ANDREA FLECK CLARDY came to playwriting after writing in other forms and working in small press publishing. A member of the Dramatists Guild and the National Writers’ Union, she lives in Boston. She believes with Toni Morrison that “this is precisely the time when artists go to work.”
Thanks to Andrea Fleck Clardy for allowing NYCPlaywrights to publish this excerpt from her monologue SAYING THE NAMES.
After the first few months of vigils, I found a bookstore in St Louis that started selling Black Lives Matter lawn signs after Michael Brown was killed in Ferguson. I bought
twenty and offered them to my neighbors. Soon the signs kept their own vigil up and down our street.
A soft-spoken Black mailman named James knocked on my door early in the fall. He wanted to know where he could get maybe fifteen signs for his neighbors. I offered to
order twenty and have them sent to him. He was very grateful. Weeks later, he stopped by. “Just wondering about the signs,” he said. I told him they should have arrived long ago. “Listen”, he said, “It was nice you got this started but we can raise the money in my neighborhood.” I heard in his voice a polite expectation of betrayal. People like you mean well, he seemed to be thinking, but they fade in the stretch.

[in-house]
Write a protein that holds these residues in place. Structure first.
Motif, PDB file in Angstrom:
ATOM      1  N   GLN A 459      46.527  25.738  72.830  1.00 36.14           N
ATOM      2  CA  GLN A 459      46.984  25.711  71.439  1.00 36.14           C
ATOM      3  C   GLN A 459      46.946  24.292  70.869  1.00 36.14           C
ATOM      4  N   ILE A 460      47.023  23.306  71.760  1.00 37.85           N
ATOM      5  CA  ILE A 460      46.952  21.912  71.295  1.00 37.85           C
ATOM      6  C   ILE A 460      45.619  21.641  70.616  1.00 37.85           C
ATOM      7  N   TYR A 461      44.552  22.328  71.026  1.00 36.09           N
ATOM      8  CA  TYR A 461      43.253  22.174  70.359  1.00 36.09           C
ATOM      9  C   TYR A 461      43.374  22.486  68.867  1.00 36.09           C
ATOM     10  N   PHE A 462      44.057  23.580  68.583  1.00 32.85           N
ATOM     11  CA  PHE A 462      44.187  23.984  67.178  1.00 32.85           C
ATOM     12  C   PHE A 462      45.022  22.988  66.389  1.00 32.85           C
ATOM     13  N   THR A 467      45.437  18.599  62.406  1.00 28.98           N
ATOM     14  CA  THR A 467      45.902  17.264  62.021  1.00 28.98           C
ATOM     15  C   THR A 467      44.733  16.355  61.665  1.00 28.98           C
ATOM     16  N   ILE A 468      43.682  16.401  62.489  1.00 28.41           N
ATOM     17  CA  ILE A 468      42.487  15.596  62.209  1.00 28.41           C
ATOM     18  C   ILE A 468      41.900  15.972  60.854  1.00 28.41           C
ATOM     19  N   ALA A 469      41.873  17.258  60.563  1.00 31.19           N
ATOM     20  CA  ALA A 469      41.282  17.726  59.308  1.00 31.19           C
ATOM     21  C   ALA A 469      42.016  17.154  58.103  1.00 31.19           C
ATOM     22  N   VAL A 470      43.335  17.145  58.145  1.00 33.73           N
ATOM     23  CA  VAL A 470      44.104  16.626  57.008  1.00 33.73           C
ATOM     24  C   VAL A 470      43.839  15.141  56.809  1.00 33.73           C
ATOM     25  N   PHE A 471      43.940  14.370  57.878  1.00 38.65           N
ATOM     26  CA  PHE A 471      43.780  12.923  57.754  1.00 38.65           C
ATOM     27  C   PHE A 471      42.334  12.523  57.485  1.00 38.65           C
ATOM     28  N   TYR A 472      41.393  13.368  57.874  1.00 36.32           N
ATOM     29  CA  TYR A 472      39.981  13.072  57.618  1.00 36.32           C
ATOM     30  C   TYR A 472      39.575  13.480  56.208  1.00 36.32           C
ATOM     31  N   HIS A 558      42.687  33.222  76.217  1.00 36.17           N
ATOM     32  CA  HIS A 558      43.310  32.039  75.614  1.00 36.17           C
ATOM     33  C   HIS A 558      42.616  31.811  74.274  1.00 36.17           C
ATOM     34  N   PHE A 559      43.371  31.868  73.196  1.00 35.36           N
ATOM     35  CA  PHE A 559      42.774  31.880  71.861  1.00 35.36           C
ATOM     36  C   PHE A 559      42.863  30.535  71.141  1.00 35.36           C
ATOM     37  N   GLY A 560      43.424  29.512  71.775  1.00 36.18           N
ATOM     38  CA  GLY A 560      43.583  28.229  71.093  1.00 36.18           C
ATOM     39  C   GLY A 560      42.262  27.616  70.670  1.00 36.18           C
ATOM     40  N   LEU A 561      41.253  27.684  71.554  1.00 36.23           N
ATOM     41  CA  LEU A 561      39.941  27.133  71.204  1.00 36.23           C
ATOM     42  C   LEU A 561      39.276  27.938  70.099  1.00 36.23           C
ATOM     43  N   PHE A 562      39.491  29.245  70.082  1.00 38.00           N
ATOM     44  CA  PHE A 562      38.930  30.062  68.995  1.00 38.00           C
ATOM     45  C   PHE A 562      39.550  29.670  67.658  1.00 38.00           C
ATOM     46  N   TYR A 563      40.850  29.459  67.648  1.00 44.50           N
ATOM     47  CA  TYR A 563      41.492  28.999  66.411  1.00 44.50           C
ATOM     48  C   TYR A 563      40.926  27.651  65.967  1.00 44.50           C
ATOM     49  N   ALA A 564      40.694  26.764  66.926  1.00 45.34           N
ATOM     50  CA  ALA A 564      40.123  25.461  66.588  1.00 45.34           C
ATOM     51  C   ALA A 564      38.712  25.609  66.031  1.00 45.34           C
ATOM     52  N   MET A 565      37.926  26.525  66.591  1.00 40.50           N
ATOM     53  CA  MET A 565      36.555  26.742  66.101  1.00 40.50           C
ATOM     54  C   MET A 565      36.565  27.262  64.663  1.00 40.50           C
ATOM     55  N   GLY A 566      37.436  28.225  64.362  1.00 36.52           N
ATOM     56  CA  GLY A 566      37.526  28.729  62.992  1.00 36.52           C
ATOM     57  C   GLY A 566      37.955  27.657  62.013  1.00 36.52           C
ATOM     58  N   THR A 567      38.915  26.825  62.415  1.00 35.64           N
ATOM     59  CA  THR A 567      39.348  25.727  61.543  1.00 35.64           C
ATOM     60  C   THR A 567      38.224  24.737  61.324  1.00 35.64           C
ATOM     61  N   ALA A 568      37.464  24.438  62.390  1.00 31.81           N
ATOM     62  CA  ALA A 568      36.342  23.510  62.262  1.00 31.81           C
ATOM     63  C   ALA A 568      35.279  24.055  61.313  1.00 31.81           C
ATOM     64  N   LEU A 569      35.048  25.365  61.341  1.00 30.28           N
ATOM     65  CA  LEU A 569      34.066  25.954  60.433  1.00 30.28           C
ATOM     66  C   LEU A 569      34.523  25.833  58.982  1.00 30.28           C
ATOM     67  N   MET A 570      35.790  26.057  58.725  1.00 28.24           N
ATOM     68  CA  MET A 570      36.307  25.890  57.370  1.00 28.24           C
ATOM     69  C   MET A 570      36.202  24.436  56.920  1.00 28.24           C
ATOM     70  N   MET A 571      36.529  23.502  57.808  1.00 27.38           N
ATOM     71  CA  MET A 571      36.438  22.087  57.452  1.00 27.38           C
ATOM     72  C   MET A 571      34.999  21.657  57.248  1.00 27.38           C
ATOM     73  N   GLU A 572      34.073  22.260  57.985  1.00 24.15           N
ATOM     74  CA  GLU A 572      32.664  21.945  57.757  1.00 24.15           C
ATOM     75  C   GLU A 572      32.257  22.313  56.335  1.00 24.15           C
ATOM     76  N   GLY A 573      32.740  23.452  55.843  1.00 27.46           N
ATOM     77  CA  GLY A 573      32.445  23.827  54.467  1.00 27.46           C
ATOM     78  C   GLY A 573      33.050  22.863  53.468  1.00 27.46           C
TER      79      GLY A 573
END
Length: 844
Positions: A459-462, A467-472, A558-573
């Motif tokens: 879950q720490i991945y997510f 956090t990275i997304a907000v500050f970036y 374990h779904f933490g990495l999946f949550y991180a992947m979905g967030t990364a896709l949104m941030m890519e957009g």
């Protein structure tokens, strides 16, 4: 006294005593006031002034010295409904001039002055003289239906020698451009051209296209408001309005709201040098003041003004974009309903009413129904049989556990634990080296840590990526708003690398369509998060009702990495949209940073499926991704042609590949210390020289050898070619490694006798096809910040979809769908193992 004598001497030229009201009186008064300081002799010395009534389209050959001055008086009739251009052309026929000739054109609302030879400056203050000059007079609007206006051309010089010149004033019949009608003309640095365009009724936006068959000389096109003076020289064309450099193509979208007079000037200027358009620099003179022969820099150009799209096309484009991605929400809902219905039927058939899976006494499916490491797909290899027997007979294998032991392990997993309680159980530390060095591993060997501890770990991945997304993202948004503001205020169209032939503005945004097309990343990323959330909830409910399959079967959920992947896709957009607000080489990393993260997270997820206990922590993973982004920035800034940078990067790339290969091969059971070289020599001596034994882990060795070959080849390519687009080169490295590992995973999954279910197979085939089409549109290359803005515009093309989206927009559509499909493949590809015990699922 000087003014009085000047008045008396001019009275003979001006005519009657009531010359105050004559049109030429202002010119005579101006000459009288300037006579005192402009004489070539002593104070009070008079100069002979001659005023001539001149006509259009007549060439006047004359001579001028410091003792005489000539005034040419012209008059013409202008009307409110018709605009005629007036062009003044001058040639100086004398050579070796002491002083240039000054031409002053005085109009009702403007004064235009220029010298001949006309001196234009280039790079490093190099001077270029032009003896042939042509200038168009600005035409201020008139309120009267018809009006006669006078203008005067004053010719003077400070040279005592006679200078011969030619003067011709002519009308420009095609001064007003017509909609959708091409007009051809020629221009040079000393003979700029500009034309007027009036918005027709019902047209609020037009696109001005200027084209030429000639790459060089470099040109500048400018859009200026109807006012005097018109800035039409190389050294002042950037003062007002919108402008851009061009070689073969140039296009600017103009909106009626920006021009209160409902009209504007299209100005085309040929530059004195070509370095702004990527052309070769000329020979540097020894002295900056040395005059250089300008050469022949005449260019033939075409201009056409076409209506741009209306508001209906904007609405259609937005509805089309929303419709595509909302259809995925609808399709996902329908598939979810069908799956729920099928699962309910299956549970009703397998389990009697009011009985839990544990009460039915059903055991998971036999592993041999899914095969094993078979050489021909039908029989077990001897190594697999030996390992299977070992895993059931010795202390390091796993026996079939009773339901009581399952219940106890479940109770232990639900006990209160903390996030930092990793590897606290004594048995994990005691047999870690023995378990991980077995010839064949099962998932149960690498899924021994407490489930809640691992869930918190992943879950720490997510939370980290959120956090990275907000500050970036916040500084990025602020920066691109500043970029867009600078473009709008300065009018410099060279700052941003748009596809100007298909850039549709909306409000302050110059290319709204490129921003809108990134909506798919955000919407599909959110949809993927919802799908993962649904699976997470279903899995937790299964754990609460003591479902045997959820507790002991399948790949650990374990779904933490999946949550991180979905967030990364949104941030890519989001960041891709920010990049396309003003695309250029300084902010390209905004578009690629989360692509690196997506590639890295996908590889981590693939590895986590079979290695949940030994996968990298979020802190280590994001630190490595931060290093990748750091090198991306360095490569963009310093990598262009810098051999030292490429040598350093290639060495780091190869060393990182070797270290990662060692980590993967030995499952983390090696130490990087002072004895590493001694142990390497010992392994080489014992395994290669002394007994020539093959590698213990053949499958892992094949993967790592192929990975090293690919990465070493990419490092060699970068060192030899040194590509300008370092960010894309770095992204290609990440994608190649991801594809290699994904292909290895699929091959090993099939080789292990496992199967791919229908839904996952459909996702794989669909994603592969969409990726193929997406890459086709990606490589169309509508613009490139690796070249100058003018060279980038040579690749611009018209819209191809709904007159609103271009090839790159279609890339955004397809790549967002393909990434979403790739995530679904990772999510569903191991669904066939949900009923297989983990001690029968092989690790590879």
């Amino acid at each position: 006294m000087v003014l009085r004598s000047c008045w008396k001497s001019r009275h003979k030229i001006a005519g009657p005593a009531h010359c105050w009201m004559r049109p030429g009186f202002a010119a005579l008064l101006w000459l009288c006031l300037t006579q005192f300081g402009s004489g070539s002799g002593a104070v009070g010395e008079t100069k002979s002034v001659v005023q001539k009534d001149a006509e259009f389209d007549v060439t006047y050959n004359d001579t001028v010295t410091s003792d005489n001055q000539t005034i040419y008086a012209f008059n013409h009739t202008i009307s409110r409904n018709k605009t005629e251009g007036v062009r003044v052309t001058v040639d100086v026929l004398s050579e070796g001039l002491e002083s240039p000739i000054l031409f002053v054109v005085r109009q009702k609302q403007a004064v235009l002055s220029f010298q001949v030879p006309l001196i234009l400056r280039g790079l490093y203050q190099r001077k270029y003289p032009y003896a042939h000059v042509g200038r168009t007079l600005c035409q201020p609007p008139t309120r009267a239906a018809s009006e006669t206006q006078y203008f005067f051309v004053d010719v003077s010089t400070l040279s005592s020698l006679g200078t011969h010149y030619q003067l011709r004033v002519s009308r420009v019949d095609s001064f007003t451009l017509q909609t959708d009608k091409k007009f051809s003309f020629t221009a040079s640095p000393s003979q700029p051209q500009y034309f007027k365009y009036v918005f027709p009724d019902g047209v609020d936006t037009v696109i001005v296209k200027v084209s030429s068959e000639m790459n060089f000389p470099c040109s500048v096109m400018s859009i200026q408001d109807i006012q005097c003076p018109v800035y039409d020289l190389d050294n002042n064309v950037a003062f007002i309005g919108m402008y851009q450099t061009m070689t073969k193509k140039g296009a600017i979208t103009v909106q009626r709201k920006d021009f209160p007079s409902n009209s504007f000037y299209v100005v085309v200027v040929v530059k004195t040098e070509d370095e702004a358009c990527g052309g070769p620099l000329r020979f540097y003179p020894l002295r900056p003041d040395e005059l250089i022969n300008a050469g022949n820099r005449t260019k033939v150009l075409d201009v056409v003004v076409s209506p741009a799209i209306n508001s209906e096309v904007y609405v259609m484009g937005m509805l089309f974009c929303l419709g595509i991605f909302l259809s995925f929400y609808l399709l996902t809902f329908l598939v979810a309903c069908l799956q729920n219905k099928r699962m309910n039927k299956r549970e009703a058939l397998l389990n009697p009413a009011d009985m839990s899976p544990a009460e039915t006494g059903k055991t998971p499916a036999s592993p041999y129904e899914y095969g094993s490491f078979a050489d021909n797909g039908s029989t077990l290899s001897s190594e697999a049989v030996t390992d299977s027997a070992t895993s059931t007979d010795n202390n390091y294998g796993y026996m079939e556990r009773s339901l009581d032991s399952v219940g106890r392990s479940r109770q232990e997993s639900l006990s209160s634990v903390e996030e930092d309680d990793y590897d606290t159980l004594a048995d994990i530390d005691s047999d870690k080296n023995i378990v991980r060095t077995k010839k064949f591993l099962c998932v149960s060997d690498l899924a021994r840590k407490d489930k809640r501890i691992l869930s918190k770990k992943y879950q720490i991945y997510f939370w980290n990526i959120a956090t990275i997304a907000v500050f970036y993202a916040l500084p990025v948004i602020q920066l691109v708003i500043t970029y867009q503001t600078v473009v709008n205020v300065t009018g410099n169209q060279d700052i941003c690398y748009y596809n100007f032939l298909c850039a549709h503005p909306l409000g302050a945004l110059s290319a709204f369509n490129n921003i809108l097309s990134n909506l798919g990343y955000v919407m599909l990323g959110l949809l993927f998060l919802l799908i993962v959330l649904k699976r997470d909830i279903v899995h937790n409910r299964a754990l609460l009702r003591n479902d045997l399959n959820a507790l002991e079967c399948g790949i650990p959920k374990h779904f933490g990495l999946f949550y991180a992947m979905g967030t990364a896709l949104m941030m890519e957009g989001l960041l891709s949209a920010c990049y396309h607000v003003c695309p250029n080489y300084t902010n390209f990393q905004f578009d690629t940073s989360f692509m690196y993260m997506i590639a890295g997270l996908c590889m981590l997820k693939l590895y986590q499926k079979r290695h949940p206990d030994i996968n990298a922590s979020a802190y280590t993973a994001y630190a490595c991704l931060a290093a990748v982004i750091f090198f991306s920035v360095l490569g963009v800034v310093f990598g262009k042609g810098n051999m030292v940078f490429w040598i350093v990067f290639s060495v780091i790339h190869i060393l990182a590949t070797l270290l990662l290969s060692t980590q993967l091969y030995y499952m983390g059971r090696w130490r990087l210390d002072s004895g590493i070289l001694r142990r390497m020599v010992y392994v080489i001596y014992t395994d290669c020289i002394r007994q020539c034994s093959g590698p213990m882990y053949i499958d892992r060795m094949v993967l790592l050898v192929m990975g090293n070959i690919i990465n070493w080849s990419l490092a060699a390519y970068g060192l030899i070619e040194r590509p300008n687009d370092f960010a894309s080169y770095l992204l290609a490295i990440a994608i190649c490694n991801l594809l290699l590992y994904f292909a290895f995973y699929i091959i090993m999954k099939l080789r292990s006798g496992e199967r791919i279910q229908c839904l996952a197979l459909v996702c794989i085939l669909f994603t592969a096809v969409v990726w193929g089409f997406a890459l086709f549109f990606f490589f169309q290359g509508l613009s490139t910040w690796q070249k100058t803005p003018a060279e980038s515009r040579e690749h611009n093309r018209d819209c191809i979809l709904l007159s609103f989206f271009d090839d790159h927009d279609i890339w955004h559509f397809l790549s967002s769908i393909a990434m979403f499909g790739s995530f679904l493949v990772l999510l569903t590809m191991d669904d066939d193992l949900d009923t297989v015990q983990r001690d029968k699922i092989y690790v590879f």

Then I got a call from someone named Brenda. She said she had a lot of stuff on her back porch and just noticed this big box with my phone number on it. So she was calling to let me know. I told her the box was full of Black Lives Matter signs I’d ordered for a friend to give out to his neighbors. For a moment, she said nothing. Then she said, “I’m blue-eyed Irish and my husband is from Haiti. We have five kids. My brother’s wife, Normal, is Pakistani. Family gets big enough, we’re all in this together.” She said she’d like signs for her neighborhood, too. So I took ten over when I picked up James’s box and told her to call me if she needed more. We hugged each other. When we gathered for our December vigil on the first Thursday,